The JV game ran 30 minutes over; medical emergency staff were on the field attending to a Deer Valley player injured late in that game; band members were honored before the game for Senior Night; there was also a surprise tribute to Pittsburg football coach Victor Galli, who broke a 72-year school record for career wins the week prior. All these things created a tight and confusing pregame schedule and a delay in the start of the varsity game.

Gardner confirmed the tight schedule, but added that never once did the Pittsburg staff provide him nor Hubbard with a game plan, which should have included a list of when the sequence of events should happen, that night.

“They knew I was there and had been since 5:00 p.m.,” he said. “Pittsburg administration and staff failed to communicate with a visiting team except to say the game might start late, and denied us the ability to warm up.”

However, one of the officials offered Coach Hubbard an additional 15 minutes so they could finish warming up, which he declined, saying “No, let’s get it started,” according to Gardner.

“Looking at the situation, why aggravate it more?” he asked.

“To be fair, there’s a new Pittsburg AD (Athletic Director) and a new Deer Valley varsity coach and staff,” Gardner continued. “But the AD should have known better.”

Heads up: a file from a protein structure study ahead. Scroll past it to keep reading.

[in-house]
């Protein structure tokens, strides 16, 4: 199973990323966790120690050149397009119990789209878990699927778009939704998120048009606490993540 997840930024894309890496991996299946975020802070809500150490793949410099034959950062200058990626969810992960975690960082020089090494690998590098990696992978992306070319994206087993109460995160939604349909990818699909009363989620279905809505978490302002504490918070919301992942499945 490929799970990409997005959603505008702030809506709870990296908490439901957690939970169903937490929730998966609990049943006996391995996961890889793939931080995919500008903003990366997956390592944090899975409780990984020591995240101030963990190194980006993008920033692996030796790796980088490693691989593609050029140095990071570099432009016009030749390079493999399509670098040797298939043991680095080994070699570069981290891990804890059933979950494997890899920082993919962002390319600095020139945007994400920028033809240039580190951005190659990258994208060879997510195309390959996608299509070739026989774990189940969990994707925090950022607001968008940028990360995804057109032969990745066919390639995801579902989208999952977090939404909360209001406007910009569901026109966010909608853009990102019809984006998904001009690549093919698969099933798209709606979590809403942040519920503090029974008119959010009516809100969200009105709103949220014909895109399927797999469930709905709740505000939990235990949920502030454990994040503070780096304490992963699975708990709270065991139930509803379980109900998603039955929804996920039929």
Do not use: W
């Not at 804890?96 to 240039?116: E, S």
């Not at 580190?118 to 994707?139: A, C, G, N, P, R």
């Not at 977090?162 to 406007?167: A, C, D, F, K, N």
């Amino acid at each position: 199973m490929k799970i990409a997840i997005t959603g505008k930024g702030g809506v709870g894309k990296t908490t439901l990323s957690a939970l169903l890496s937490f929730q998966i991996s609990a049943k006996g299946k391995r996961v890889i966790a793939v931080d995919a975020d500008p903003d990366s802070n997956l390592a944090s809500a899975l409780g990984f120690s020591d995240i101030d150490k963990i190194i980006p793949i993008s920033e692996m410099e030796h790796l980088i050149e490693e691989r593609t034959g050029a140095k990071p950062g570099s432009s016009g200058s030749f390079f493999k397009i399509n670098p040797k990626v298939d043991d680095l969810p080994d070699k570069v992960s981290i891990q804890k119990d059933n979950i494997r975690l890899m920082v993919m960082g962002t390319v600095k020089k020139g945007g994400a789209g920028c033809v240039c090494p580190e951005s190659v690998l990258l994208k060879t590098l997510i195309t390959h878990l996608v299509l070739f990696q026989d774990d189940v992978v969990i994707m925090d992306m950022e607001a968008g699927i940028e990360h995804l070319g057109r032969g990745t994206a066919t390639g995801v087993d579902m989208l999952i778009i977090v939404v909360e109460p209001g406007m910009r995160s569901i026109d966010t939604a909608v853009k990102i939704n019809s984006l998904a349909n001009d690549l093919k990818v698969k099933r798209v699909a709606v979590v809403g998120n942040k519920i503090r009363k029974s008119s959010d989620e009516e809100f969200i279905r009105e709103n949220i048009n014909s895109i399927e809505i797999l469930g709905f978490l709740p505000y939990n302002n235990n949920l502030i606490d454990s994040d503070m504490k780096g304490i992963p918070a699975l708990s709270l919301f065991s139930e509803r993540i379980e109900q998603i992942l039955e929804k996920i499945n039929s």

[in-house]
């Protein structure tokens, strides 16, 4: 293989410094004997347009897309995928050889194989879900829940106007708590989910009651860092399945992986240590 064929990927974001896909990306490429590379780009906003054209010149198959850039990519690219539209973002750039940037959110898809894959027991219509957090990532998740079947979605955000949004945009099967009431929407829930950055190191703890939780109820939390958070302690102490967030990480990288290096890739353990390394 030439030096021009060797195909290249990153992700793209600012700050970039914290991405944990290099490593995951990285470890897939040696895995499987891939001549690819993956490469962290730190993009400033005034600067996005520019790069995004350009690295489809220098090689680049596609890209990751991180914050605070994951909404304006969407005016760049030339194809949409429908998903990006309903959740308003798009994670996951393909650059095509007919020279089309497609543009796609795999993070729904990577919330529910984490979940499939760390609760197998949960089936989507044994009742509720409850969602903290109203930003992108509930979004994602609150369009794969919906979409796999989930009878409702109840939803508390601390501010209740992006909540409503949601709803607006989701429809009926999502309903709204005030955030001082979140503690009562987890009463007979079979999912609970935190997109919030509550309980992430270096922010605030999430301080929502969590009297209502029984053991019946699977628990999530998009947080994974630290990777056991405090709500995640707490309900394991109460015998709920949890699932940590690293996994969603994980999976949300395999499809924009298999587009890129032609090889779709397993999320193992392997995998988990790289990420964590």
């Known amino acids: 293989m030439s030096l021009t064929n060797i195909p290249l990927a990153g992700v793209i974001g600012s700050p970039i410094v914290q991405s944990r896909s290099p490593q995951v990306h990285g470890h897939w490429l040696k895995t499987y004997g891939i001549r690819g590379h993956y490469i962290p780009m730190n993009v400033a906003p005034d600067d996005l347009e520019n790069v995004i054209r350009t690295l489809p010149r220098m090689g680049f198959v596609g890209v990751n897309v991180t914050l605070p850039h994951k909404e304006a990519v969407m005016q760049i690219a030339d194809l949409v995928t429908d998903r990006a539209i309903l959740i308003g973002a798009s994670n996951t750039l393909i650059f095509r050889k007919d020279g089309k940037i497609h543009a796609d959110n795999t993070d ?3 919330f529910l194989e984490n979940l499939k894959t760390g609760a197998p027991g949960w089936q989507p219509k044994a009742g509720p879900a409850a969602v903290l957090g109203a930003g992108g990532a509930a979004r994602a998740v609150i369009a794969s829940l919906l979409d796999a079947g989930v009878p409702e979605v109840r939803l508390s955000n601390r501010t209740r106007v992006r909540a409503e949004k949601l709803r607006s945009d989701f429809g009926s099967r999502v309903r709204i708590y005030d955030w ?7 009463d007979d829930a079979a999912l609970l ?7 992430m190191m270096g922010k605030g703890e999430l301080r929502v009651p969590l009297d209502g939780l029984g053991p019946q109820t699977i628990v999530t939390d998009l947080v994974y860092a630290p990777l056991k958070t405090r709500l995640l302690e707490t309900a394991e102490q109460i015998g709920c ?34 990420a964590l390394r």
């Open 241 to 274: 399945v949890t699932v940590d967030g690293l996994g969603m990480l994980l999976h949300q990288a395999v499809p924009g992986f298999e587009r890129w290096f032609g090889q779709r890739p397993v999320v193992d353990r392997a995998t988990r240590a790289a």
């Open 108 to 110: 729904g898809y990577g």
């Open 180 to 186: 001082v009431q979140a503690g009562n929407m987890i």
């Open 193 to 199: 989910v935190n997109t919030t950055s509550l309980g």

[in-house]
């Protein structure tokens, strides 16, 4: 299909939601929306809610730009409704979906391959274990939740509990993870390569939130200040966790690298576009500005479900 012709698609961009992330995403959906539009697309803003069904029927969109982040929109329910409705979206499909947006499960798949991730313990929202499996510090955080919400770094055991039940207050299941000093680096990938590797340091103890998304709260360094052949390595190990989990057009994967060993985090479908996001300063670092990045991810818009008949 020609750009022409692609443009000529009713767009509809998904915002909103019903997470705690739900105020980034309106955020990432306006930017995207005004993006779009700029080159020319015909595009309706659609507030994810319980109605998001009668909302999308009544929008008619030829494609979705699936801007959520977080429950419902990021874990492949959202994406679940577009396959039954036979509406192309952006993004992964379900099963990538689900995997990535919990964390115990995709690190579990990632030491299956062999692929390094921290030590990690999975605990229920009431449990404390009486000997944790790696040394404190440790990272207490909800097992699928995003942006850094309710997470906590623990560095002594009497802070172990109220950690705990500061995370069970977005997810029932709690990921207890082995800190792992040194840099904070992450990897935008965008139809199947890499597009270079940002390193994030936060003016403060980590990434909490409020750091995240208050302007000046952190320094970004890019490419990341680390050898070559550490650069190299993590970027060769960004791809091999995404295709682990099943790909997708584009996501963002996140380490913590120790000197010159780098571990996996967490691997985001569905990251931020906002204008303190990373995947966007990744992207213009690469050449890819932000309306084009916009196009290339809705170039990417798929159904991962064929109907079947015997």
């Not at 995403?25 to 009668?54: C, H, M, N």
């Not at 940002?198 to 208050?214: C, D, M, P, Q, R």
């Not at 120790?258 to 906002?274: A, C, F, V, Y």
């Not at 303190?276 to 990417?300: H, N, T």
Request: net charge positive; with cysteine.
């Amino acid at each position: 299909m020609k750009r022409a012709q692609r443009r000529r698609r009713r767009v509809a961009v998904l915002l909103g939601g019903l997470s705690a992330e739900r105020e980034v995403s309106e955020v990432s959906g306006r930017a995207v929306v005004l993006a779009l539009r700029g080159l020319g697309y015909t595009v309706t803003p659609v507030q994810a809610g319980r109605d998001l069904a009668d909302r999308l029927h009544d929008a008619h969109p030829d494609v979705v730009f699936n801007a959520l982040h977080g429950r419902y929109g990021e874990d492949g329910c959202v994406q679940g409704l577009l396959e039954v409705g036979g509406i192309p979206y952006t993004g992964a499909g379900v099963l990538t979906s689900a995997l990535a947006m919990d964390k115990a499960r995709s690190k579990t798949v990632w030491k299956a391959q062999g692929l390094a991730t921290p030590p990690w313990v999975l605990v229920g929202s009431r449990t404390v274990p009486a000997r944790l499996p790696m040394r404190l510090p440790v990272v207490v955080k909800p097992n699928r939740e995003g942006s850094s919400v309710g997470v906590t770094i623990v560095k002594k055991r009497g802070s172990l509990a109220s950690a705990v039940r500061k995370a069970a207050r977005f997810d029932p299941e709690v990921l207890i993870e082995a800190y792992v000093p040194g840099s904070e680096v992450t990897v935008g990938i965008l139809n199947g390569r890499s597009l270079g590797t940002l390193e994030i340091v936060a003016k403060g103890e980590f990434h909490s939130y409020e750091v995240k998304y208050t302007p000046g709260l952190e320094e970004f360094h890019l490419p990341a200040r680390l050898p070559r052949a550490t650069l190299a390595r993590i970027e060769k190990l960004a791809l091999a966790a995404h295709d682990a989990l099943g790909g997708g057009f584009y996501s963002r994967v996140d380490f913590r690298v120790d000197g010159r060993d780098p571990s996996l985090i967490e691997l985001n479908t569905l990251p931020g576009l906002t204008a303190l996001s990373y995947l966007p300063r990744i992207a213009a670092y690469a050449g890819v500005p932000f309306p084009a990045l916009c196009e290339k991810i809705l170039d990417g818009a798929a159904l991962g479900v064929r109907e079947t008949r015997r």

Speaking of the Deer Valley football players, Gardner said “There might have been contact when the band entered the field. It’s regrettable. I apologize for that failure. But, at no time did they intend to harm anyone or disrespect the playing of our National Anthem. Had they done that I would have held them responsible, being a retired military officer, myself.”

“It is an unfortunate situation for both parties,” Galli said. “I hope no one loses their job over this.”

Schulze Issues Additional Statement, Gardner Files Complaint

Following the joint press release, Schultz issued an additional statement early Tuesday morning defending Pittsburg’s band, and blaming Deer Valley’s coaches. In response, Gardner filed a complaint that afternoon to the Bay Valley Athletic League for violation of the Code of Ethics by the band.

Asked why he was filing the complaint, Gardner responded, “to defend my students.”

“Dr. Schulze basically absolved her school and I find that reprehensible. And that is why I am filing a formal complaint…”